Not long ago, multitasking was the superpower everyone clamored for. Employees who could conduct a meeting, finalize a report and give feedback on a proposal—all while managing email—rose to the top of the office food chain.
But it turns out our workplace hero is actually a villain. Multitasking doesn’t increase productivity, after all, research shows. In fact, it leeches your brain power.
Interruptions deluge today’s workers, from the pinging of an email alert to the ringing of a phone. Just using a computer at work ensures a distraction every 10.5 minutes, on average. By the end of the day, all that multitasking can dock our productivity by as much as 40 percent, says the Harvard Business Review.
“Multitasking is going to slow you down, increasing the chances of mistakes,” said cognitive scientist David E. Meyer told the New York Times. “Disruptions and interruptions are a bad deal from the standpoint of our ability to process information.”
We pay a price for it, too. According to one business research analyst, interruptions cost the American economy an estimated $650 billion a year. Even worse: They lower your IQ.
How multitasking hurts your brain
When we think we’re multitasking, we’re actually task switching. That’s because only 2 percent of us are actually physically capable of multitasking effectively. The rest of us can handle only one cognitive function at a time. It’s a core limitation of the powerhouse we call a brain.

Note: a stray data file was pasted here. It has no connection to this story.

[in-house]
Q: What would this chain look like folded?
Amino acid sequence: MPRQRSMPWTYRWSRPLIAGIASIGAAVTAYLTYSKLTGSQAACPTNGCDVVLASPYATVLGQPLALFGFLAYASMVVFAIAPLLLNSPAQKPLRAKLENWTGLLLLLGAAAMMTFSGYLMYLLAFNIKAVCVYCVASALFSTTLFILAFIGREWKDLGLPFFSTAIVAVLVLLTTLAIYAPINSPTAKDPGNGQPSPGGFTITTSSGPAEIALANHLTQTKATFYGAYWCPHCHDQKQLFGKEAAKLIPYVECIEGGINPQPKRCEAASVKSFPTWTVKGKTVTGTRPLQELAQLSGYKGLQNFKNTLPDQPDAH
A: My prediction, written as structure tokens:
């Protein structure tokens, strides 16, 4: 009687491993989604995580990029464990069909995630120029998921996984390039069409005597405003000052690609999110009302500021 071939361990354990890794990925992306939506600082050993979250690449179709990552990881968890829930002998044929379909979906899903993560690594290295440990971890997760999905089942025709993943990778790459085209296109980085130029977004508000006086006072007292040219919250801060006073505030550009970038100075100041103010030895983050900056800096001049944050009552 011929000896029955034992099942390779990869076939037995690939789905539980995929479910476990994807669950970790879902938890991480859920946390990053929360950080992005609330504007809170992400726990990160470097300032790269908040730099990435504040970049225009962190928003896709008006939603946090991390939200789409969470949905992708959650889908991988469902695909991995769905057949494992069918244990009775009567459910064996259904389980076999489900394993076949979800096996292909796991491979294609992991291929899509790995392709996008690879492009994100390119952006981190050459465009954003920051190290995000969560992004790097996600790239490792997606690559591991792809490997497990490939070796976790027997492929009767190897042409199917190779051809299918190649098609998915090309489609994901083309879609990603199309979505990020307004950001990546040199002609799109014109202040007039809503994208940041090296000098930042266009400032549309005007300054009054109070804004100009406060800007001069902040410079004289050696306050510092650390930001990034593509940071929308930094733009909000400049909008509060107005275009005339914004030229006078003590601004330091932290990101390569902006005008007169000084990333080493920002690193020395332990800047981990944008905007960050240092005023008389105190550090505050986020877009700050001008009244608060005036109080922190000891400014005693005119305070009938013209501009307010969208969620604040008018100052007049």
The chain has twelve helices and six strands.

Task switching ties up several different parts of that powerhouse. One of those is the pre-frontal cortex, which allows to put ideas together and solve problems. When this area of the brain is preoccupied with task switching, our creativity takes a big hit.
Unfortunately, the more we switch between tasks, the more we slow our brain’s ability to function—a lot like running a bunch of programs on your computer at once. Even if the actual interruption lasts only 1/10 of a second (deleting emails, for example) we often don’t return to our original task right away. If we’re doing something that requires a lot of brain power, it can take as long as 15 minutes to switch back.
Lost time aside, attempting to multitask comes with some lovely side effects. For starters, it can knock 10 points off your IQ—the equivalent of missing a whole night’s sleep. It also stresses us out, frustrates us and causes prospective memory failure, or the inability to remember tasks we need to do in the future.
Not exactly the stuff office superheroes are made of, is it?
Avoiding the task-switching trap
Sadly, avoiding interruptions in the digital age is nigh impossible. But you can minimize them.
Concentrated time: The opposite of multitasking, concentrated time means setting aside time for working on just one task. No answering or deleting emails. No surfing the web. Just you, your brain and the task at hand.
Batch processing: Cut down on the time you spend managing email by checking your inbox only at certain times of the day. For example, you might answer the priority emails in your inbox first thing in the morning, then scan the trivial emails in your SaneLater folder in the afternoon. The rest of the time, you have permission to ignore that pinging email alert.
80/20 rule: Twenty percent of the work you do drives 80 percent of your impact. Identify the 20 percent of your tasks that are responsible for your effectiveness, and do those—preferably one at a time.
It’s no secret that email can be a huge distraction. SaneBox keeps you focused by only showing you the emails that matter when they matter.